From the cloud forests of Latin America to Asia’s financial systems to African metropolises, women environmental activists are leading the way into this year’s pivotal UN talks on Biodiversity and Climate Change – daring economic and political powers, citizens and consumers, to play their part in stopping cataclysmic global heating, mass extinction and the loss of livelihoods. If current trends continue, 95 percent of the Earth’s land areas could become degraded by 2050 and 1 million species could disappear in the next few years, further jeopardizing planetary and human health.
The Global Landscapes Forum (GLF) is celebrating the work of women for the environment by highlighting 16 leaders working to protect and restore the global natural capital through science, finance, policymaking, journalism, and land rights, among others. The outstanding contributions of these women, aged 13 to 86, are also aligned with the UN Decade on Ecosystem Restoration starting this year; the UN Decade of Action for the Sustainable Development Goals (SDGs); the climate action pathways outlined by the Intergovernmental Panel on Climate Change (IPCC), and pledges for a green recovery from the COVID-19 pandemic.
Meet the leaders
Durreen Shahnaz has channeled hundreds of millions of investment dollars toward positive social and environmental outcomes by founding the world’s first social stock exchange and Asia’s largest crowdfunding platforms for impact investing.
Carole Dieschbourg, Luxembourg’s Minister for the Environment, Climate and Sustainable Development, played a key negotiating role in creating the pivotal Paris Agreement, helped transform her country’s transportation and energy systems toward sustainability, and is working to position Luxembourg as a global center for sustainable finance.
Cristina Mittermeier has captured pivotal images that have helped convey the impacts of climate change to a global audience. Originally from Mexico and trained as a marine biologist, Mittermeier is considered a pioneer in conservation photography, practicing environmental photojournalism in such a way that it has capacity to affect the intellect and reach the heart.
Varshini Prakash is a youth climate action leader who served on President Joe Biden’s climate task force during his campaign. SHe has used her voice and platform to highlight the importance of centering the experiences of diverse and marginalized peoples in environmental activism and work.
Elizabeth Maruma Mrema is a Tanzanian biodiversity leader and lawyer who was appointed executive secretary of the United Nations Convention on Biological Diversity in 2020. She is the first African woman to hold this role.
Erica Armah Bra-Bulu Tandoh, known by her stage name DJ Switch, is a young multitalented Ghanaian entertainer who can also sing, rap and dance, and write poetry. She established the DJ Switch Foundation to support underprivileged Ugandans.
Jane Goodall, the renowned English primatologist and anthropologist, is considered to be the world's foremost expert on chimpanzees. Founder of the Jane Goodall Institute and the Roots & Shoots programme, she has worked extensively on conservation and animal welfare issues.
Joji Cariño is an Ibaloi environment and development educator and researcher from the Cordilleras Highlands of the Philippines. She has expertise on Indigenous knowledge and traditional occupations, cultural and biological diversity, international standards on forests, water and energy, extractive industries, and corporate accountability.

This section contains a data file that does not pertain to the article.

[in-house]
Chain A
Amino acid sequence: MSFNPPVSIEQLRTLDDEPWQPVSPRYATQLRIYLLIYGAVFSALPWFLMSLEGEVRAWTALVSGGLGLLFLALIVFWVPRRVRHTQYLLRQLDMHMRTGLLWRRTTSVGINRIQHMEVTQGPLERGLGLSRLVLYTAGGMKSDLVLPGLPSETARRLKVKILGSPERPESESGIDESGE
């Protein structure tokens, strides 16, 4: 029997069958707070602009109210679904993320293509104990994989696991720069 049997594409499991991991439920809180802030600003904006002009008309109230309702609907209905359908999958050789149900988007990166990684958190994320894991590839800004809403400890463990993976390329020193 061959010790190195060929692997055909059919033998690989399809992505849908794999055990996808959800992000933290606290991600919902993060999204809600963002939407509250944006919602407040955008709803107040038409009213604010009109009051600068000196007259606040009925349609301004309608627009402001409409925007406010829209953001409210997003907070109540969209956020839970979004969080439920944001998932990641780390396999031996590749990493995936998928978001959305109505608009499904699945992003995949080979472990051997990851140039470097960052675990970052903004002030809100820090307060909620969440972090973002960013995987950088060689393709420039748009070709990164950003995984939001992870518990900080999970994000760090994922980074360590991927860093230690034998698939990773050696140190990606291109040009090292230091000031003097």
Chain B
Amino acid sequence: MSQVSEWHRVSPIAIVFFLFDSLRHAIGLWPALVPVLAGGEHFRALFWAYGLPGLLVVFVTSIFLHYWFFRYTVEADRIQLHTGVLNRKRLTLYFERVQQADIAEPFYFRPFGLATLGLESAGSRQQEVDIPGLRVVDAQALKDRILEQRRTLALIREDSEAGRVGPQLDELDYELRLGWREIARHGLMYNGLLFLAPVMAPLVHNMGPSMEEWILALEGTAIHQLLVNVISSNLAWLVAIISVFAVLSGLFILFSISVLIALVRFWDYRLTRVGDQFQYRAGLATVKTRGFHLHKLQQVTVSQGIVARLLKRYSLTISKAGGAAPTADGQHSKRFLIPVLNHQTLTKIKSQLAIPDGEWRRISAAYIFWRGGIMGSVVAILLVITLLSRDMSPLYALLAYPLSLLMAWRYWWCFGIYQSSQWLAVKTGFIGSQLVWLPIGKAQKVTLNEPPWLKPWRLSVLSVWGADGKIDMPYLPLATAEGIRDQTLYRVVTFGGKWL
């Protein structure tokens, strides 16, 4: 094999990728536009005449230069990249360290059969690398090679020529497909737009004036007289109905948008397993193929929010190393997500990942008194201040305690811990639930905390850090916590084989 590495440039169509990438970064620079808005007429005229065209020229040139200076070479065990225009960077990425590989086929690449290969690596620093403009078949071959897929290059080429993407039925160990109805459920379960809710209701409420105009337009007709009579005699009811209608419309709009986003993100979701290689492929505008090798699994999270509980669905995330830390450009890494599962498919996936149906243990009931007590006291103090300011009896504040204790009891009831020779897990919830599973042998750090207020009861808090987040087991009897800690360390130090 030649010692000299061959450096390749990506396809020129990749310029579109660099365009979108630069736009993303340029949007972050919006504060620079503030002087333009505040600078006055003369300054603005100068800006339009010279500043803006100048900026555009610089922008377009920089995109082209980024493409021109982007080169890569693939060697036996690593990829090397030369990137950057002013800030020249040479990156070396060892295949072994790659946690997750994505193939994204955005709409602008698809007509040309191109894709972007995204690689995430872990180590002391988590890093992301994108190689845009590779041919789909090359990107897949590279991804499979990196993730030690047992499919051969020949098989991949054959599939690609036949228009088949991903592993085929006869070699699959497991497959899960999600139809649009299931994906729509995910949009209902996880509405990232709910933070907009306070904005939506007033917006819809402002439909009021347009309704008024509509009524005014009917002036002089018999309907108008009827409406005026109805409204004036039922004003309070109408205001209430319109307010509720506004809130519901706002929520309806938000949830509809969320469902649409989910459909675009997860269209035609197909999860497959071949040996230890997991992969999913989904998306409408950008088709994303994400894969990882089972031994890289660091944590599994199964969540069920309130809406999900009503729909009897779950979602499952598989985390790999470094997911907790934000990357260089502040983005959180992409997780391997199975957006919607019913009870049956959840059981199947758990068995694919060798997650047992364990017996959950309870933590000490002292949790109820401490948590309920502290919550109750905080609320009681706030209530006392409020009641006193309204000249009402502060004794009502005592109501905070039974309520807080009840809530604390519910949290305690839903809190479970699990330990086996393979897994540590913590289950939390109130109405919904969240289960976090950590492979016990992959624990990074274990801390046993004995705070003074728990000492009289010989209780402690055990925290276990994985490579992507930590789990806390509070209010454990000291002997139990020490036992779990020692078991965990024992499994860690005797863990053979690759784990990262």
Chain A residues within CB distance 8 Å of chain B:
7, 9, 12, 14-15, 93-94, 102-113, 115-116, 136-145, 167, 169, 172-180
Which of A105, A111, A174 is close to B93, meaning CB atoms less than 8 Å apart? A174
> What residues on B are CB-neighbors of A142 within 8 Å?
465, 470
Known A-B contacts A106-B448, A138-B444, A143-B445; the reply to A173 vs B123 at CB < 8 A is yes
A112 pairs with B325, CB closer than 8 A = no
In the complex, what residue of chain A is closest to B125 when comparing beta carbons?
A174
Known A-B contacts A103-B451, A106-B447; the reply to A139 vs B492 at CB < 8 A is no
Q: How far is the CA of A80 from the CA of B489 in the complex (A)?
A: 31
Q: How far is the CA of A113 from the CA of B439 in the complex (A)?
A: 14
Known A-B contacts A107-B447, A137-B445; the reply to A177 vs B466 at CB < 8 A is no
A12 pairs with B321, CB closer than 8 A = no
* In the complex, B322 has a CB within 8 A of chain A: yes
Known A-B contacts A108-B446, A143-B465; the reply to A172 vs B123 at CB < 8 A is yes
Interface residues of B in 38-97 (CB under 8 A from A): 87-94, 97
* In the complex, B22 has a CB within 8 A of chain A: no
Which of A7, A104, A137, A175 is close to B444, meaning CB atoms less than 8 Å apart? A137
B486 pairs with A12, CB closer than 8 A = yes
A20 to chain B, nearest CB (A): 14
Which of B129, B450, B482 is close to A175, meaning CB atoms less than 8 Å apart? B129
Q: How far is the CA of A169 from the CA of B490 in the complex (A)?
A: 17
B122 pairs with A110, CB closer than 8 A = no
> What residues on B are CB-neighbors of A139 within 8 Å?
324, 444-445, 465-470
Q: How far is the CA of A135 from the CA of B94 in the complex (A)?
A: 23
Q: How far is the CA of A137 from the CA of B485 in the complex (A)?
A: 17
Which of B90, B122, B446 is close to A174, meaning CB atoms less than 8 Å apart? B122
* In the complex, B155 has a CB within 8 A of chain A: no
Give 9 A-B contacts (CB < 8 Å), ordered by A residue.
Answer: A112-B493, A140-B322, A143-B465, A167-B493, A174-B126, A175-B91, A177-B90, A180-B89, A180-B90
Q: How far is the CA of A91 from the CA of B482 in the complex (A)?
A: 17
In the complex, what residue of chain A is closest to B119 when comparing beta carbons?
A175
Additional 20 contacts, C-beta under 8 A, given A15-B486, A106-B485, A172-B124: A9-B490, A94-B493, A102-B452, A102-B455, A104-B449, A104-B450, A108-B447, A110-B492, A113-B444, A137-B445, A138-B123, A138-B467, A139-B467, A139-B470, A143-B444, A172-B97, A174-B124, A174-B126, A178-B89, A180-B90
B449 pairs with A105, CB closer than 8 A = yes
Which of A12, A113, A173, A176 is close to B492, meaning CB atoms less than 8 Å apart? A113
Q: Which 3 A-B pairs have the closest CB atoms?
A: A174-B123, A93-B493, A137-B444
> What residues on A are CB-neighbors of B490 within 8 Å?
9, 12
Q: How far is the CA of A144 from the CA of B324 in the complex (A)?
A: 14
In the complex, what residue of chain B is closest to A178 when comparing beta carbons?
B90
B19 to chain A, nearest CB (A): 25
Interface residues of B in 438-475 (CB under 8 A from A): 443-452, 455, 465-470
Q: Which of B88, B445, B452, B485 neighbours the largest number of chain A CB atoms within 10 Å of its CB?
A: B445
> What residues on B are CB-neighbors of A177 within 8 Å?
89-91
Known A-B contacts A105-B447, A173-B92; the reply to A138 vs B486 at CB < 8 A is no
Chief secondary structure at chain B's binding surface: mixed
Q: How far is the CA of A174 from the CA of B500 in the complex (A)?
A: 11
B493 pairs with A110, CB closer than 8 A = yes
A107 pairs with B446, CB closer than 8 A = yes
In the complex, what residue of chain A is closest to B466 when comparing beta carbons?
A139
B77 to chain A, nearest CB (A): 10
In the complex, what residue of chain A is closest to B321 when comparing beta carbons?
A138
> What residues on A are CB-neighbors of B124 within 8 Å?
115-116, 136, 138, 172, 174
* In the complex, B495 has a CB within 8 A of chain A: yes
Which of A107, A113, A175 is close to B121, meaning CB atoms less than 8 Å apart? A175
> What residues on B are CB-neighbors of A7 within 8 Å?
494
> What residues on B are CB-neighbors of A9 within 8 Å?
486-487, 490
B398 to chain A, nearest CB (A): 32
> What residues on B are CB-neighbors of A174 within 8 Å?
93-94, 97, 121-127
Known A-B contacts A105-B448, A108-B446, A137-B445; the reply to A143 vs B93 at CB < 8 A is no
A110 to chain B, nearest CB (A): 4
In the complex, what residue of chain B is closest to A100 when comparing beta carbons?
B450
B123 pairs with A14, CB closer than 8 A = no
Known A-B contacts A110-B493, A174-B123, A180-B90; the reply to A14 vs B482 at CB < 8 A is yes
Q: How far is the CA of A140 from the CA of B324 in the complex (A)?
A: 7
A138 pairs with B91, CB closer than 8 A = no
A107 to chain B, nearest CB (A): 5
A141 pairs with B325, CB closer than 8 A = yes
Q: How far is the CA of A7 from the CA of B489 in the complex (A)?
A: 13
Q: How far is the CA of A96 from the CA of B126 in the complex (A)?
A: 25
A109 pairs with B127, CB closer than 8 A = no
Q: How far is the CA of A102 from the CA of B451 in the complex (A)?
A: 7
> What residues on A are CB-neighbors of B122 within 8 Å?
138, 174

Jonna Mazet is an American epidemiologist and Executive Director of the University of California, Davis One Health Institute. Recognized for her innovative and holistic approach to emerging environmental and global health threats, she is an elected member of the prestigious U.S. National Academy of Medicine.
Patricia Zurita, Chief Executive Officer of BirdLife International, the world’s largest nature conservation partnership, bringing together over 120 organizations worldwide to conserve birds, their habitats and global biodiversity, working with people towards sustainability in the use of natural resources.
Sahana Ghosh, a science journalist, has produced a series “Environment and Her” that examines climate justice in the Sundarbans through a gender lens, supported by a fellowship from the Earth Journalism Network.
Sônia Guajajara is a Brazilian indigenous activist, environmentalist, and politician. She regularly advocates for Indigenous rights at U.N. conventions, and in 2018, became the first Indigenous person to run for federal executive office in Brazil.
Sumarni Laman, a community coordinator for Youth Act Indonesia, a movement of Kalimantan’s Indigenous youth to take action against the region’s forest fires. She leads its subprogram The Heartland Project, which raises awareness about deforestation across the archipelago and counters its effects through tree planting.
Susan Chomba is a social scientist with over 15 years of experience in governance, policies and institutions in forestry, agriculture and rural development in Africa. She works on climate change policies, land tenure, equity, vulnerability and gender.
Vanessa Nakate began Uganda’s Fridays for Future movement and launched a fundraising campaign to save the Congo’s rainforest from its ongoing deforestation. She is also helping transition schools in her home country to sustainable energy through her Green Schools Project initiative.
Yvonne Aki-Sawyerr has led campaigns against blood diamonds, co-founded a charity to support disadvantaged youth in the midst of her country’s civil war, and served as a director at the National Ebola Response Centre during the pandemic’s deadly outbreak before being elected to her mayoral position of Freetown, Sierra Leone in 2018.